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09/26/2012

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I like the blog well done (first time reader)

However I would like to make clear a couple of things here.

1. Schumacher did try decelerate at the right time but the car did not slow down at all. Before he locked his wheels he had already attempted to slow down, as a matter of fact raikkonen who was behinde him started to decelerate right where schumi did but his car made the corner. Cold breaks were to blame here and if schumi lifted off any earlier then sinply raikkonen would of smashed into the back of him.

2. As far as his reflexes go with schumachers over streery driving style he has to correct his cornering sharply and correct the car in terms of the back end slipping out so his reflexes are fine.., maybe not as fast but quick enough. Plus he has a ton of experience so he knows what to expect and anticipation is more important than reflexes in an f1 car as quoted by button himself recently. Now what I mean is you cannot anticipate a senna moving in the breaking zone at the last second and neither can you expect your car failing to decelerate (although i am still going to say this was more of his fault).

3.) And finally lets take todays drivers into consideration .. Hamiltons incidents with massa .. Most noticibly the one at singapore last year was a poor misjudgement of car distance and button crashing into a hrt this year into a breaking zone earlier this year was a misjudgment too. Grosjean had inherited misjudgements and same goes for maldonardo. All of them make mistakes when you are a top driver in a mid field battle. Now they shouldn't retire now should they ?

Sorry but I made a bit of my own blog there :)

I believe that Schumacher has earned the right to stay in F1 for as long as he wants. If he's only happy in a race car, and a team is willing to pay him to be there, then why not?

In his heyday, he was the best test driver in F1, a key to Ferrari's success. Any team would be lucky to have him in this day of limited testing, even if the benefits are wrought by a younger teammate.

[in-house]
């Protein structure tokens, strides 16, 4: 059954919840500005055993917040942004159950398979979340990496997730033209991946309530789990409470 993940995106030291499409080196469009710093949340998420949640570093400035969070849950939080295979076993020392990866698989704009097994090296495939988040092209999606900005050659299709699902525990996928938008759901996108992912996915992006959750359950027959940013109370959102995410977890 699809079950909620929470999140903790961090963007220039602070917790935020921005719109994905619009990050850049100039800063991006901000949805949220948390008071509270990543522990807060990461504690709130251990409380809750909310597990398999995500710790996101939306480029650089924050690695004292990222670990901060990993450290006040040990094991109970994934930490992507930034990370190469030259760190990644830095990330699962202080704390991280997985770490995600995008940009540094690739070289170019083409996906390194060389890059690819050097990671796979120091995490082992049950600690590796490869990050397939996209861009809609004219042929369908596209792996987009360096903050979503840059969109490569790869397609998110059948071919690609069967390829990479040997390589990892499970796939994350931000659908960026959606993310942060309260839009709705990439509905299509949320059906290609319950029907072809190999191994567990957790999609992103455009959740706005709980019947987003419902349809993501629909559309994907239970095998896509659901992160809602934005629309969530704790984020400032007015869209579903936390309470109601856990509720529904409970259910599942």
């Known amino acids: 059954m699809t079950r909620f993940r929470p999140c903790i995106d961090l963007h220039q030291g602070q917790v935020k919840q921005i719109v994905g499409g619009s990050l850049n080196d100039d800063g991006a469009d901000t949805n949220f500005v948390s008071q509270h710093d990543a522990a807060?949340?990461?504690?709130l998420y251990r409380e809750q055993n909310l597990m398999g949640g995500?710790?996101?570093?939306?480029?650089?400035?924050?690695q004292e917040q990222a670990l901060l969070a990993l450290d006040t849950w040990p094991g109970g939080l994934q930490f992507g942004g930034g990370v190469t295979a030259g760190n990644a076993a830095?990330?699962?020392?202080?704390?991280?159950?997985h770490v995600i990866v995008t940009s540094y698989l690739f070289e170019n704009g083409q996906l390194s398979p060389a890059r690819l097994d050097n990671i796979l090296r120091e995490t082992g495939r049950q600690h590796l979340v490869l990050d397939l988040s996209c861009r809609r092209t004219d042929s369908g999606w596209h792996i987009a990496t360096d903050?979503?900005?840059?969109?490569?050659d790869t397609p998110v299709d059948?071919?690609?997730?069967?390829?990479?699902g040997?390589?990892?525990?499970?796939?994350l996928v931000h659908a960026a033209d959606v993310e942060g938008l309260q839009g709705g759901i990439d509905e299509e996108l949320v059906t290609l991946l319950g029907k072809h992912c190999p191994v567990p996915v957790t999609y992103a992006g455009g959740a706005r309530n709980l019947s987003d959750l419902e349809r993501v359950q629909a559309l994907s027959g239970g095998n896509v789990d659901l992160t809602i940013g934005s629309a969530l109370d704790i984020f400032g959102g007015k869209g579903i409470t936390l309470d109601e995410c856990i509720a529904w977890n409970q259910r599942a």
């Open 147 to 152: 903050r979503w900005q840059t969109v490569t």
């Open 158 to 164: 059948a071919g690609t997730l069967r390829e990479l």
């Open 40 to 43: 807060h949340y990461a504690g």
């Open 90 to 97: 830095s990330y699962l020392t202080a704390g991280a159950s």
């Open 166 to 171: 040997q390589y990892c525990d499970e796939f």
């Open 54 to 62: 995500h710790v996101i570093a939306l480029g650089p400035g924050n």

It might seem absurd for him to be bringing up the rear in a Marussia (or whatever name they'll have next year), but if he's happy, why not? The 107% rule is an easy way to prevent him from embarrassing himself in pre season testing.

"As is the case on the street, the onus is on the driver following to avoid a collision. Schumacher did not do that and deserves the penalty"

See, I disagree with that. On the street you must respect a gap to the car in front, but in racing the whole point is to get as close to the car in front, in order to try and pass. In fact I think the onus is actually on the car in front, to ensure they don't swerve about under braking (Senna), or brake unexpectedly (Vergne), which leaves the following car with no room or time to react. Maybe Schumacher was caught out with colder brakes/tyres in Singapore (isn't that something the 50 or so technicians in the pits are supposed to be monitoring?) - but this is not something that is to do with his age, it's to do with him being stuck behind slower cars, and pushing a bit too hard.

I agree that Schumacher shouldn't have retired, it was clear that he didn't really want to go. And he's paid a price for being out of it for a while, and having to struggle with the unbalanced Mercedes. But he's matching Rosberg now, and I think is still competitive as ever.

Let me repeat myself. On paper, his resume is impressive, but statistics do not tell the full story. An F1 World Champion should not be measured only by the number of poles or wins. Schumacher has neither the intelligence of Prost, The integrity of Fangio nor the talent of Clark.

I'll put Schumacher in a top 10, but it would be near the bottom. Most wins and most poles doesn't mean a whole lot when you consider the following:

1 - he never drove for a team with bad cars (I mean backmarker--I realize his first year with Ferrari the car was not a world beater, but it was still a Ferrari)

2 - Until Nico Rosberg, all of his teammates were CLEAR "second drivers" who handed him at least a dozen of his wins on a silver platter. When you don't have to race anyone else with an awesome car like yours, everything is easy.

3 - He had tires made FOR HIM, for god's sake.

4 - One could argue his period of domination also coincided with the smallest talent pool in a LONG time in F1. Just consider the pattern: When Mika was at his peak (98, 99), Scumacher couldn't beat him. And then Mika left, leaving only David Coulthard and Montoya the only drivers anywhere NEAR his level (and they still weren't)... And that gives Schumacher five straight years. And THEN Alonso shows up, the first driver that can match Schumacher's speed, and Schumacher gets beat.

Compare that to the eras when there were MULTIPLE world champions racing, like the current era, or back in the 80s when you had Mansell, Senna, Prost, Lauda, Piquet all on the same track... Or even the 60s and 70s when you had Clark, Stewart, Hill, Rindt, Surtees, Brabham, Andretti and Fittipaldi were all on the track at one point or another.

It's not hard to rack up 90-some wins and 7 championships when there's no one to race.

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